But even if Ramaphosa succeeds against such high odds, it still is no certain safeguard for the rand. As an emerging market currency, it remains vulnerable to global economic and geopolitical events, which at present are subject to a pretty uncertain outlook. And US President Donald Trump shows no inclination to ease up on that front, nor do the Chinese and other powers.

Possible future scenarios

While nobody has a crystal ball to predict the future, professional services firm PwC tried doing just that with its recently-released report titled, “Investment Decisions: Why South Africa, and Why Now?”. In it PwC considers five possible future scenarios for South Africa under the leadership of Ramaphosa over a five-year horizon, from 2018 towards 2022-2023. Probability ratings ranged from a worst 5% to best 50%, still leaving much room for uncertainty.

The scenarios, which are current as of President Ramaphosa’s maiden State of the Nation Address on 16 February 2018, are fairly optimistic on economic growth, with PwC seeing a 75% probability for improved economic growth under Ramaphosa’s leadership compared to the preceding few years. But projections for the rand over the same period, are less optimistic, with all but one of the scenarios predicting further rand depreciation.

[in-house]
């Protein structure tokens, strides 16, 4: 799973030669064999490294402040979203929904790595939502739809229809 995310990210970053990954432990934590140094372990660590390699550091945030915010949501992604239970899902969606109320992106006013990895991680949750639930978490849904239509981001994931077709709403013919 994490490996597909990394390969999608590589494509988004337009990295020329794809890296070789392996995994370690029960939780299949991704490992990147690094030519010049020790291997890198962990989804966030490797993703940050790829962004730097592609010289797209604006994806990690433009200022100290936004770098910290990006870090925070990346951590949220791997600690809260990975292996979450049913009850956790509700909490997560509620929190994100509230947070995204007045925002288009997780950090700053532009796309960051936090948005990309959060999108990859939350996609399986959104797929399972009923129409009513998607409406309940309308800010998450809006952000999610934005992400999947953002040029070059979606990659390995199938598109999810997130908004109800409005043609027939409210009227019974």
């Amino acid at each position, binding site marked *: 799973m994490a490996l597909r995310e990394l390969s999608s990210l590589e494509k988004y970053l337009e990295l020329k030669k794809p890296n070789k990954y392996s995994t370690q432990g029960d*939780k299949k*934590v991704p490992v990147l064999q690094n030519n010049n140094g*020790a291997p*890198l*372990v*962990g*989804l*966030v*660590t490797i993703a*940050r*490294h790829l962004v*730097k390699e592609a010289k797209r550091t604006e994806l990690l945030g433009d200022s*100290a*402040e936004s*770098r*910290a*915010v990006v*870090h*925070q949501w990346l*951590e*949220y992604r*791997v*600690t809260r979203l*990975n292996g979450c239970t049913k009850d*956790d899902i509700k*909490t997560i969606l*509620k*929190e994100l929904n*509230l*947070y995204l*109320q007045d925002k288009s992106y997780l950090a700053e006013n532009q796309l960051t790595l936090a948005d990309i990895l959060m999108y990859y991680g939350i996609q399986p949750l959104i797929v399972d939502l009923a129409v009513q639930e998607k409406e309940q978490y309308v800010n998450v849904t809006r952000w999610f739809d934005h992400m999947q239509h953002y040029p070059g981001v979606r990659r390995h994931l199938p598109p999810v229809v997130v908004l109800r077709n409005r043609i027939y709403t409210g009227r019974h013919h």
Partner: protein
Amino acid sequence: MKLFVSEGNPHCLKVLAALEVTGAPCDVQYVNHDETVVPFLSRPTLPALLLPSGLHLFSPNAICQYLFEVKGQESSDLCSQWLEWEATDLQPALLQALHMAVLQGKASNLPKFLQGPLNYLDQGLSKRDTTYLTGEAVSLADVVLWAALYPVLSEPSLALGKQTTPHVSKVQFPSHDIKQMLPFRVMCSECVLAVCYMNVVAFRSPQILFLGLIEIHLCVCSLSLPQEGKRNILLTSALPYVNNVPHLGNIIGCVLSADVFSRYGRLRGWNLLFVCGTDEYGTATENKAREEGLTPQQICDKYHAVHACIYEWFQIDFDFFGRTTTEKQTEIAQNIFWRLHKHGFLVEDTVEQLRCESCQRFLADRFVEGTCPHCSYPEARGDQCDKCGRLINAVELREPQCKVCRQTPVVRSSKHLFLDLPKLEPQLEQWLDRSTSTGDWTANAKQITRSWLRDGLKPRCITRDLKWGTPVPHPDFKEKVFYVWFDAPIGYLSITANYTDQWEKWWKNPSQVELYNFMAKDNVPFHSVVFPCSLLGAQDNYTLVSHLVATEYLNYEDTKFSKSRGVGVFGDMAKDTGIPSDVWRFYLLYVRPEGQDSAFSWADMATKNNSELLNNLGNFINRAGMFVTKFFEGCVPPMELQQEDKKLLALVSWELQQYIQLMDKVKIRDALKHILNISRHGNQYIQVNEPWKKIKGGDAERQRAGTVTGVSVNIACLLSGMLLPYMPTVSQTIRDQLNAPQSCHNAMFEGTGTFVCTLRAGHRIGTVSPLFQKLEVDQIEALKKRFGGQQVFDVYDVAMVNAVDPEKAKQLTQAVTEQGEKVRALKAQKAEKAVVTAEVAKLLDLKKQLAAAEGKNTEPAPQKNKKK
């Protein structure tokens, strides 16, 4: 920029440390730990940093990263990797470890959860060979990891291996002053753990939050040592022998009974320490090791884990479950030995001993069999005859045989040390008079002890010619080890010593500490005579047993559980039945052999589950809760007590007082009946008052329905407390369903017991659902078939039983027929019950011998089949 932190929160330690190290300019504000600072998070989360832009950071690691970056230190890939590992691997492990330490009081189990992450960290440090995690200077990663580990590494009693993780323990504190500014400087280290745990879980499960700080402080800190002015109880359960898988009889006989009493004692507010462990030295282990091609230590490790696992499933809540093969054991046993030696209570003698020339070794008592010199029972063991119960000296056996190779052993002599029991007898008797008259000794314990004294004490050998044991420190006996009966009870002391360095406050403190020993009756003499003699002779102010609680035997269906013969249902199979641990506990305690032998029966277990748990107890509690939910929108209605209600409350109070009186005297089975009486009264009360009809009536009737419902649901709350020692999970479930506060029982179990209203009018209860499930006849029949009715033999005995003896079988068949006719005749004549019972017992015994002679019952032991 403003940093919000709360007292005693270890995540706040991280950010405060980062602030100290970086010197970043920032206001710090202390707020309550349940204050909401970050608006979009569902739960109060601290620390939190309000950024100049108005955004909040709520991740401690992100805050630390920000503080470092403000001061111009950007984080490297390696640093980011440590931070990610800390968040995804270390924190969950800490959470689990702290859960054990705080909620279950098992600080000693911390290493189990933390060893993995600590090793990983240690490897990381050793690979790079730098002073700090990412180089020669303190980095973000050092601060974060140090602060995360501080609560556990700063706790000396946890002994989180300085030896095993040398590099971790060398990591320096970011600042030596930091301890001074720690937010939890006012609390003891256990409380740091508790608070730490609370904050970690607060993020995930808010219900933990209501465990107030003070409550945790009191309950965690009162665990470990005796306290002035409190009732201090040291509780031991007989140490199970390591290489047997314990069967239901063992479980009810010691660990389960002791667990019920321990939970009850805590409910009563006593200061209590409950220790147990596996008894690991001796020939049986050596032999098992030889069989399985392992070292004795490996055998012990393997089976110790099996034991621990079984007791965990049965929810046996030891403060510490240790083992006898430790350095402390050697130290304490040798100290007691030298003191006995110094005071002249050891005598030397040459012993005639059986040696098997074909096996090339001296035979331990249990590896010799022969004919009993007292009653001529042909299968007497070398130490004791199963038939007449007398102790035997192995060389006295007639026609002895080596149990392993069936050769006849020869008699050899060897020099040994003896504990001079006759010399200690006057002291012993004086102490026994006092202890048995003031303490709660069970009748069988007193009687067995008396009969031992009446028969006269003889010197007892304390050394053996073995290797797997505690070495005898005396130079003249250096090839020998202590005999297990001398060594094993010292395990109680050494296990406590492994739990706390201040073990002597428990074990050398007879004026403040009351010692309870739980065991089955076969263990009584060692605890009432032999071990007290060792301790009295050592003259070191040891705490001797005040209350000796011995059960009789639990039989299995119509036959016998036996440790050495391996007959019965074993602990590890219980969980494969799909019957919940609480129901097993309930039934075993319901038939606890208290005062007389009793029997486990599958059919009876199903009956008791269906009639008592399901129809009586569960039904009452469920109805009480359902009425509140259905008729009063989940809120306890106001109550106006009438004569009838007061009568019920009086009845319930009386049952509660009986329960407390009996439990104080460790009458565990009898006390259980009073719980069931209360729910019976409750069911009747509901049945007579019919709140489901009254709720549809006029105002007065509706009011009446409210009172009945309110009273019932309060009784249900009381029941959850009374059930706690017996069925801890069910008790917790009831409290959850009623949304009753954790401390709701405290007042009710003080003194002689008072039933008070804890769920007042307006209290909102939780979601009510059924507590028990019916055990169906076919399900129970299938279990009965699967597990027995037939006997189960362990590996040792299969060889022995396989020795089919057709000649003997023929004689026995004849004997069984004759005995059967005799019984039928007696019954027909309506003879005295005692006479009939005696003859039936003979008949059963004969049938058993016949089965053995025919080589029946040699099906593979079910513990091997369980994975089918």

In summary, PwC’s worst-case scenario with a 5% probability foresees GDP growth below 1% and the rand averaging R18.20/dollar in 2022; the downside scenario with a 20% probability foresees maximum GDP growth of 1.5% and the rand averaging R16.90/dollar in 2022; the baseline scenario with a 50% probability (the highest), foresees GDP growth lifting to 3% and the rand averaging R15.60/dollar; the upside scenario with 20% probability foresees GDP growth higher than 4% and the rand averaging R14.50/dollar; and the best-case scenario with 5% probability foresees GDP growth higher than 4% and the rand still averaging around R13.30/dollar in 2022. Various degrees of more possible credit rating downgrades are also contained in some of the scenarios, which will bring their own pressures to bear.

Diversify offshore…the best option

It is clear that many domestic and global factors raise uncertainty with a potential to negatively impact a volatile rand, and therefore also your rand-based investments. The most sensible way to protect your portfolio and the value of your assets from depreciating along with the rand, is to diversify offshore in more stable, hard currencies. A well-structured portfolio would follow the first-world norm of having at least 40% of your assets outside of the country in which you live.

If you would like more information or advice about how to manage your risk by diversifying offshore, contact us and one of our wealth specialists will be in touch with you.